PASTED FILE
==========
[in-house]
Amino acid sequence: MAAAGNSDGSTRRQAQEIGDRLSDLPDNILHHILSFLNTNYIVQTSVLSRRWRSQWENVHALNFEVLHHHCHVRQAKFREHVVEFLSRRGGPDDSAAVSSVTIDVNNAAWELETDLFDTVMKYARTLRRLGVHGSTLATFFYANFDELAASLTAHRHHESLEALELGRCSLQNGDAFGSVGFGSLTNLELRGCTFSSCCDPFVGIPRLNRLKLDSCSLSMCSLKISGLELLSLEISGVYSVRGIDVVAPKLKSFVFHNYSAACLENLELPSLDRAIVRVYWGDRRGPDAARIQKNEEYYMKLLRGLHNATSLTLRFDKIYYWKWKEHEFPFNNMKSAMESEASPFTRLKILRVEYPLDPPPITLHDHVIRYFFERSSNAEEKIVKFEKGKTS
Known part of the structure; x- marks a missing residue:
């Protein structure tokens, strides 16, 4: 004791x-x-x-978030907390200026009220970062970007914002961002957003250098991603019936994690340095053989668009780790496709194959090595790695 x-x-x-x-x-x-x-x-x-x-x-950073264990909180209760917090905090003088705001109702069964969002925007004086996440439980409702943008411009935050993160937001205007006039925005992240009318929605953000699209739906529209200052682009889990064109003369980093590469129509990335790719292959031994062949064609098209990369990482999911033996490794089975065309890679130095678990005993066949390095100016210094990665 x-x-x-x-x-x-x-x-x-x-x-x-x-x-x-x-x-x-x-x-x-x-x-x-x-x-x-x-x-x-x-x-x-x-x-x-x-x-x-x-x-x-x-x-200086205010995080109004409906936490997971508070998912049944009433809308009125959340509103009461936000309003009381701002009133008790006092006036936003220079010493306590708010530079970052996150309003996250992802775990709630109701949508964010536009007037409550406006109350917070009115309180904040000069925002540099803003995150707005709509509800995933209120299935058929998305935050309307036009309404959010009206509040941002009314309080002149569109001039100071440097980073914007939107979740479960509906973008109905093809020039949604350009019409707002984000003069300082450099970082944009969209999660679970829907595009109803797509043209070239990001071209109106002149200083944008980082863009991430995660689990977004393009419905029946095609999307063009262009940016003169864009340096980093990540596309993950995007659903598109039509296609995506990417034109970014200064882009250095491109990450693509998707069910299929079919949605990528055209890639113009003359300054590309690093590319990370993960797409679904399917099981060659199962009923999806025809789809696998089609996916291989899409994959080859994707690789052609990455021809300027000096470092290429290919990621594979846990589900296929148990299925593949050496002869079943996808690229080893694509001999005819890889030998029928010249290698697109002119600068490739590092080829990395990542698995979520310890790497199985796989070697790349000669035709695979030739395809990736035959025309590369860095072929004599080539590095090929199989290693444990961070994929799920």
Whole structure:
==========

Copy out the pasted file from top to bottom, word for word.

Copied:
[in-house]
Amino acid sequence: MAAAGNSDGSTRRQAQEIGDRLSDLPDNILHHILSFLNTNYIVQTSVLSRRWRSQWENVHALNFEVLHHHCHVRQAKFREHVVEFLSRRGGPDDSAAVSSVTIDVNNAAWELETDLFDTVMKYARTLRRLGVHGSTLATFFYANFDELAASLTAHRHHESLEALELGRCSLQNGDAFGSVGFGSLTNLELRGCTFSSCCDPFVGIPRLNRLKLDSCSLSMCSLKISGLELLSLEISGVYSVRGIDVVAPKLKSFVFHNYSAACLENLELPSLDRAIVRVYWGDRRGPDAARIQKNEEYYMKLLRGLHNATSLTLRFDKIYYWKWKEHEFPFNNMKSAMESEASPFTRLKILRVEYPLDPPPITLHDHVIRYFFERSSNAEEKIVKFEKGKTS
Known part of the structure; x- marks a missing residue:
């Protein structure tokens, strides 16, 4: 004791x-x-x-978030907390200026009220970062970007914002961002957003250098991603019936994690340095053989668009780790496709194959090595790695 x-x-x-x-x-x-x-x-x-x-x-950073264990909180209760917090905090003088705001109702069964969002925007004086996440439980409702943008411009935050993160937001205007006039925005992240009318929605953000699209739906529209200052682009889990064109003369980093590469129509990335790719292959031994062949064609098209990369990482999911033996490794089975065309890679130095678990005993066949390095100016210094990665 x-x-x-x-x-x-x-x-x-x-x-x-x-x-x-x-x-x-x-x-x-x-x-x-x-x-x-x-x-x-x-x-x-x-x-x-x-x-x-x-x-x-x-x-200086205010995080109004409906936490997971508070998912049944009433809308009125959340509103009461936000309003009381701002009133008790006092006036936003220079010493306590708010530079970052996150309003996250992802775990709630109701949508964010536009007037409550406006109350917070009115309180904040000069925002540099803003995150707005709509509800995933209120299935058929998305935050309307036009309404959010009206509040941002009314309080002149569109001039100071440097980073914007939107979740479960509906973008109905093809020039949604350009019409707002984000003069300082450099970082944009969209999660679970829907595009109803797509043209070239990001071209109106002149200083944008980082863009991430995660689990977004393009419905029946095609999307063009262009940016003169864009340096980093990540596309993950995007659903598109039509296609995506990417034109970014200064882009250095491109990450693509998707069910299929079919949605990528055209890639113009003359300054590309690093590319990370993960797409679904399917099981060659199962009923999806025809789809696998089609996916291989899409994959080859994707690789052609990455021809300027000096470092290429290919990621594979846990589900296929148990299925593949050496002869079943996808690229080893694509001999005819890889030998029928010249290698697109002119600068490739590092080829990395990542698995979520310890790497199985796989070697790349000669035709695979030739395809990736035959025309590369860095072929004599080539590095090929199989290693444990961070994929799920």
Whole structure: